At its heart, security risk assessment is a very simple business: You list all of the risks you can think of For each risk: You assign a probability to that risk You assign an impact, usually a financial impact, to the risk happening You multiply the impact by the probability You then order the risks by the weighted impact and deal with them in that order. Using this technique, three types of risks bubble to the top: Risks that are very likely and also have at least a moderate impact if they do happen. Risks that are very unlikely but have a huge impact if they happen. Risks that are moderately likely and have moderate impact if they do happen. This information is then used by risk managers who can use the weighted impact figure as an indication of the benefit of addressing a particular risk – one part of…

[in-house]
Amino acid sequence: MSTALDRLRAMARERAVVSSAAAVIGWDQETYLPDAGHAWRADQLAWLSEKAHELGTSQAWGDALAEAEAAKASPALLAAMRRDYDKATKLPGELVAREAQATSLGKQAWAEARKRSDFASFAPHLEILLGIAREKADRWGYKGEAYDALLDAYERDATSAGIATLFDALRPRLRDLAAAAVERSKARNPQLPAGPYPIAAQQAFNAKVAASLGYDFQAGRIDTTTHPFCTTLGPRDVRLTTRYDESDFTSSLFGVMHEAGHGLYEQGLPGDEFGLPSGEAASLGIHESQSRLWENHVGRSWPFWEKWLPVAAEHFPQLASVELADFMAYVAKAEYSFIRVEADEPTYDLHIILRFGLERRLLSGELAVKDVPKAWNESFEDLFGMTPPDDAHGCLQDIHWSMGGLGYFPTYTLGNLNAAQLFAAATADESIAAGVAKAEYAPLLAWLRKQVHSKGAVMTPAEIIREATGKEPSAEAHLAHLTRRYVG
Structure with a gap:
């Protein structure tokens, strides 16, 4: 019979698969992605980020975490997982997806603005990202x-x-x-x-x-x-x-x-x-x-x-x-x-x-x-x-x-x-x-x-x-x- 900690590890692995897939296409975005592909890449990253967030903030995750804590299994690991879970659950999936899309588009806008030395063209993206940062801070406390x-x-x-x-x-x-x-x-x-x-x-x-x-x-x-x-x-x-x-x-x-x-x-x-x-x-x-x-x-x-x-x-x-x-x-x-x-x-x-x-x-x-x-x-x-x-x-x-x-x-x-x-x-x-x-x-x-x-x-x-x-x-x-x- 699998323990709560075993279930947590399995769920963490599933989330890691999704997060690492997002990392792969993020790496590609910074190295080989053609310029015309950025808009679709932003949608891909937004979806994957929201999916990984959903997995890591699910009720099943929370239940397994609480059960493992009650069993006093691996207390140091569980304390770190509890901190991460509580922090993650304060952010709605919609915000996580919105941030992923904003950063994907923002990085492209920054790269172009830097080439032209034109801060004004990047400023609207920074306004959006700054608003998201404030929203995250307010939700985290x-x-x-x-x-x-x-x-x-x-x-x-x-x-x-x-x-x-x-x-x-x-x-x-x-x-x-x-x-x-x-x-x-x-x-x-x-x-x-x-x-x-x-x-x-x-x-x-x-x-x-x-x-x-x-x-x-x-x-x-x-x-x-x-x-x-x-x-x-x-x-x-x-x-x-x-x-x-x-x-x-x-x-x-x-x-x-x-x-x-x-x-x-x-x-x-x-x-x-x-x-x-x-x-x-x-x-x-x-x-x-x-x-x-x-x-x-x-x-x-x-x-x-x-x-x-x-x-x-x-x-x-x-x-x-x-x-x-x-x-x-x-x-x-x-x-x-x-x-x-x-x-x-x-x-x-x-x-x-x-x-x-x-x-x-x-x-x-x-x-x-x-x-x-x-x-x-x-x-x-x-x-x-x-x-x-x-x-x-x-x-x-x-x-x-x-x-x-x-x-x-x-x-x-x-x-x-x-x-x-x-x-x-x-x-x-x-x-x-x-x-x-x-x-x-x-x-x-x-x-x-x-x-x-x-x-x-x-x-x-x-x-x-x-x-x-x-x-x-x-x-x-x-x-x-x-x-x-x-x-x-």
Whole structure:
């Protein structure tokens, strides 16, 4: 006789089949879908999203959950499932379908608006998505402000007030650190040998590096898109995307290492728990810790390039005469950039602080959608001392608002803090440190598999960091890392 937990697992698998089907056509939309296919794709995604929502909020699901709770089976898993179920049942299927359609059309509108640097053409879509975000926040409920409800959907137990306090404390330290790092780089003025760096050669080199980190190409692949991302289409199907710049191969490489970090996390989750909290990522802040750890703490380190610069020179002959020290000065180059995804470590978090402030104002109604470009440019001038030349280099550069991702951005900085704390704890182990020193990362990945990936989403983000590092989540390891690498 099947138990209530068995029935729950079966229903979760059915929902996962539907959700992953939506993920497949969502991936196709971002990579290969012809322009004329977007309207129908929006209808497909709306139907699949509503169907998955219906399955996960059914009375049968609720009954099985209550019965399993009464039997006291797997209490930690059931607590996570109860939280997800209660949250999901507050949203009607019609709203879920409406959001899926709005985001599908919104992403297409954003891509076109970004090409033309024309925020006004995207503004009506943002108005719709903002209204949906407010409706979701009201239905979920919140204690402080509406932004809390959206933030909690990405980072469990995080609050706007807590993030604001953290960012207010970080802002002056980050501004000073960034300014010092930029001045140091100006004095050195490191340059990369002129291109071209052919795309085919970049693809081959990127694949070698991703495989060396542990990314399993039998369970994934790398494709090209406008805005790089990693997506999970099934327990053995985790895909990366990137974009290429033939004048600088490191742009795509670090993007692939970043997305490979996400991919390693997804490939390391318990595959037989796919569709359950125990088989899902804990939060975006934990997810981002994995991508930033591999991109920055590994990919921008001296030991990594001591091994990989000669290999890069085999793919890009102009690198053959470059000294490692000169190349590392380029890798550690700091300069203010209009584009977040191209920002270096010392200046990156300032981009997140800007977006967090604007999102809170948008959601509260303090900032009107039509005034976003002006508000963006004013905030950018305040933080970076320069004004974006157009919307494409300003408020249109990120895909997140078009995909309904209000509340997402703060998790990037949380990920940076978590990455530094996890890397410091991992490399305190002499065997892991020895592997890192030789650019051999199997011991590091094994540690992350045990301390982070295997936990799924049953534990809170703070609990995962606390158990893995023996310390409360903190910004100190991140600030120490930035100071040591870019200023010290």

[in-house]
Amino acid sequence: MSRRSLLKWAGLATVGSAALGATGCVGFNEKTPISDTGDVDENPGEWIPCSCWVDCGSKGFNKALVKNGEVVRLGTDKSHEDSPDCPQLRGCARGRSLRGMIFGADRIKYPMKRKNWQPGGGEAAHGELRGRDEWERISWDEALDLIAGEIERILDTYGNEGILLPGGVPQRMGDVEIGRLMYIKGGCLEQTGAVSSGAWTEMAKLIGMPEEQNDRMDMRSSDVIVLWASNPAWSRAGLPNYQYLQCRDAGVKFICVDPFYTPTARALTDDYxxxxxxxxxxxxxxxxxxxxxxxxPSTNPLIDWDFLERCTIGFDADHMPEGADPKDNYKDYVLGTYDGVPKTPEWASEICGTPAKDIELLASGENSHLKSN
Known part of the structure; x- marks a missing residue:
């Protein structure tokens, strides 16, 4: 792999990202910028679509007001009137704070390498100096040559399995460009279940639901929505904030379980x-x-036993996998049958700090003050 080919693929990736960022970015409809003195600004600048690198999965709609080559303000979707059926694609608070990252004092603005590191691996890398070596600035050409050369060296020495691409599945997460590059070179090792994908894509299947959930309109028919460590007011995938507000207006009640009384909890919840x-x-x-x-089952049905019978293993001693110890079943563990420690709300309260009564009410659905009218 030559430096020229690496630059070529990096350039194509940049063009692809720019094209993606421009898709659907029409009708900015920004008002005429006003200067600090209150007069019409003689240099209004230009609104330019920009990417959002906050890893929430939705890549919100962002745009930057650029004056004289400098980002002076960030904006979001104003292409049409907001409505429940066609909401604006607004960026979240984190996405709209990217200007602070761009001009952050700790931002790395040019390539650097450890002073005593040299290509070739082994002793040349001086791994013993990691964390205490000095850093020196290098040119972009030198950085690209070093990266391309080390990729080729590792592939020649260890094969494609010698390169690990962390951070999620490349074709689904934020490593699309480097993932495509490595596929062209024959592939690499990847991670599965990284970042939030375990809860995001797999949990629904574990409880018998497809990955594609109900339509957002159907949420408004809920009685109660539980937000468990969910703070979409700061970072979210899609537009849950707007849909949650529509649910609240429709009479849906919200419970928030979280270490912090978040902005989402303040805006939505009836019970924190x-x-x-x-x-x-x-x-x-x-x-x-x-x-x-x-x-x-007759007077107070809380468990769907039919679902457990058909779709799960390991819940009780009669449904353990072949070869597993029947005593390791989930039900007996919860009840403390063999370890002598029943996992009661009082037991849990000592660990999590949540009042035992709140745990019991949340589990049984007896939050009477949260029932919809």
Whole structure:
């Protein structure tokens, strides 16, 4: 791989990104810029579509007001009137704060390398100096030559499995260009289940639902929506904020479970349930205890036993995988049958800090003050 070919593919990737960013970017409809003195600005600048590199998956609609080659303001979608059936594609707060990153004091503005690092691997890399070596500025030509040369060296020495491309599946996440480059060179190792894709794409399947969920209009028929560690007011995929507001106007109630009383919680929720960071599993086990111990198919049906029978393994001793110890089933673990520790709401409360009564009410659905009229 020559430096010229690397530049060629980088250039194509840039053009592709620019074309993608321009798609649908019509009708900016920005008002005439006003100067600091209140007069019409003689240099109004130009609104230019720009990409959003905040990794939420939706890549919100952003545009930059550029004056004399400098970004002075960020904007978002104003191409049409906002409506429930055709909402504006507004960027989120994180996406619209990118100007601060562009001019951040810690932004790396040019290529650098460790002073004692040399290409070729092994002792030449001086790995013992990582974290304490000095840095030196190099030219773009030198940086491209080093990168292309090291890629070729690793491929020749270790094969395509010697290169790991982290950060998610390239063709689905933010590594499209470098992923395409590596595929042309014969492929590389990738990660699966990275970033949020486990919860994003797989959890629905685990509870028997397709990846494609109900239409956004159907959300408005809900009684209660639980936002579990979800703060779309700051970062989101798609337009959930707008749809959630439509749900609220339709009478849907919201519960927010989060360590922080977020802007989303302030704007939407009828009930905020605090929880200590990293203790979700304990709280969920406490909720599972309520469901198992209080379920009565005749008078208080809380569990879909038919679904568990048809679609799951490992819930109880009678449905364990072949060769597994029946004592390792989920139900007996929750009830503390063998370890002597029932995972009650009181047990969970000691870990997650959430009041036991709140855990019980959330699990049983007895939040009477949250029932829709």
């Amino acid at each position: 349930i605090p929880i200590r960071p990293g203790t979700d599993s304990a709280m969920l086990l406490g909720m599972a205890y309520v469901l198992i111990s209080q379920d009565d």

This is the second part of my analysis of Carrier-grade NAT source port re-identification implications. Before reading this, it is important that you have read the first part of this series. In this second post I analyse the re-identification characteristics of the various port selection methodologies described in the first part. Picking up from where the previous article left off, I mentioned that there are two categories of port assignment methodology used in Carrier-Grade NATs[1]: Dynamic assignment: whereby port allocations are made per-session or per-customer as required. This maximises port utilisation but generates substantial volumes of logs. To reduce the log volume, it is possible to allocate of a port range to each subscriber, rather than an individual port per session. Static assignment: whereby ports or port ranges are reserved for each internal address before subscriber connections are initiated. Port ranges can either be contiguous or non-contiguous. IP Address Selection…